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Are You Prepared For A CT Scan?

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During treatment for cancer, your oncologist will rely on several diagnostic tools to monitor the progress of the disease and the effect the treatment is having on it. One of the most commonly used tools is a CT scan. If your doctor has ordered a scan, here is what you need to know about it:

What Can You Expect?

To perform the CT scan, a technician will place you on a movable table. During the scan, you will need to remain as still as possible. Movement can sometimes cloud the results and lead to the need for additional testing.

It is not uncommon to experience some anxiety during the scan. After you are positioned on the movable table, you will be moved into the narrow tunnel of the scanner. You will hear various noises during scanning, including clicking and buzzing noises.

The technician will ask you to hold your breath at several points during the exam to help minimize movement. The time that the test takes can vary based on which images your oncologist has requested. If the radiologist is also performing a biopsy at the time of the scan, this can lengthen the time.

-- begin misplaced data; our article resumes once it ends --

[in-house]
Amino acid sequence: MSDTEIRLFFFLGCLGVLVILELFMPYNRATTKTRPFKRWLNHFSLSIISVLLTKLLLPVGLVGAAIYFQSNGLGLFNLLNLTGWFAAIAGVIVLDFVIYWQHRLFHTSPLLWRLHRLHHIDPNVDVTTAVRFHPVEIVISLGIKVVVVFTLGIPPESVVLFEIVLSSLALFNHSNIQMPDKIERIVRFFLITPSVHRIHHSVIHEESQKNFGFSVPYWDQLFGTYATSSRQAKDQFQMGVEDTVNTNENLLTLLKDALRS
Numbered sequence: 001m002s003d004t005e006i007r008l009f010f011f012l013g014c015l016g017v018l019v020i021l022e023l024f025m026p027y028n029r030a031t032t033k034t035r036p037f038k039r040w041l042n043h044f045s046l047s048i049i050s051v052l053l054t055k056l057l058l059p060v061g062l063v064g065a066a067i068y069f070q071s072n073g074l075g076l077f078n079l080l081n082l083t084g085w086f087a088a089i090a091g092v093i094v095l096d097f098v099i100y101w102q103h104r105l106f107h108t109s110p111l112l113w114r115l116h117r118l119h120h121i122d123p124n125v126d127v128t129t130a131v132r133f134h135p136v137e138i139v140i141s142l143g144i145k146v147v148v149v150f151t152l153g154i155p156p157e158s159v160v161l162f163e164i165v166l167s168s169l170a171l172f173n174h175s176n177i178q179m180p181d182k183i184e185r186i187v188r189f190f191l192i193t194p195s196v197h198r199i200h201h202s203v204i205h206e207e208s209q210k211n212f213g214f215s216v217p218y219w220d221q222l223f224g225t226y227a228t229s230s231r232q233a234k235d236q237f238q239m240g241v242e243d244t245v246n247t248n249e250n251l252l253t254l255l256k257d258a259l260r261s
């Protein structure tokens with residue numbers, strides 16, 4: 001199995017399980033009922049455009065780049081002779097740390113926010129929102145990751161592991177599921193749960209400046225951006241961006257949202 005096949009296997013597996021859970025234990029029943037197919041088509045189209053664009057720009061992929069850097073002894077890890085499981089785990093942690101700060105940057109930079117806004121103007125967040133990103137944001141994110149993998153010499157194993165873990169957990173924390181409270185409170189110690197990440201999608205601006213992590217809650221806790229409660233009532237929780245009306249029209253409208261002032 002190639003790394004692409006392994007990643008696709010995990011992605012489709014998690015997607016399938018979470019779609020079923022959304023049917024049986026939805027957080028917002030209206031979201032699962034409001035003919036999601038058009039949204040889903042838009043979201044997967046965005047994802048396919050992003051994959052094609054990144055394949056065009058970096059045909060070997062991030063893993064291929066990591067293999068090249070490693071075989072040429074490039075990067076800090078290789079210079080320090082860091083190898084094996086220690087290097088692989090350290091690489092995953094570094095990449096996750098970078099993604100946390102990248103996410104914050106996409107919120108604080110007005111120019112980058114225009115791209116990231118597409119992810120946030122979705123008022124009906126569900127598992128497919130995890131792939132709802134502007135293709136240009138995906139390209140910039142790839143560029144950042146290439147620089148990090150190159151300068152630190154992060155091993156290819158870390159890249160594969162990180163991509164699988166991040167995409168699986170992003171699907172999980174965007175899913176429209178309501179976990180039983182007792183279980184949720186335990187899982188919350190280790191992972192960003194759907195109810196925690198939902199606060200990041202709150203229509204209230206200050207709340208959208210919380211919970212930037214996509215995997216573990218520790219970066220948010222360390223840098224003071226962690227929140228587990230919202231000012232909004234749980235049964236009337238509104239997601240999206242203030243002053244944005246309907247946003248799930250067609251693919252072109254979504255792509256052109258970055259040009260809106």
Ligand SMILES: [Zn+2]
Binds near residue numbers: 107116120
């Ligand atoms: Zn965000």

What Should You Do Before the Scan?

There are several steps you can take to prepare for the CT scan. Your oncologist will likely ask you to limit your diet in the hours before the test. In the final hours before the test, you should avoid drinking anything but water. Water can help with the clarity of the images obtained during the scan.

If you are concerned with experiencing anxiety, take along a CD to play. Many radiology departments are equipped with players that can be used to pipe music to patients during scans.

You should also ask a friend or family member to tag along. If he or she is willing to sign a consent form, the person can be allowed into the area to provide you with comfort.

What Happens After the Scan?

Following the CT scan, the technician will review the results and prepare a report for your doctor. You will have to wait until your next appointment to learn more about the scan.

Up your water intake over the next 24 hours of the test. Adding a few glasses to your normal intake can help avoid any reactions to the scan. If you have any negative reactions, such as vomiting, dizziness, or hives, call your doctor immediately or seek emergency care at the nearest hospital.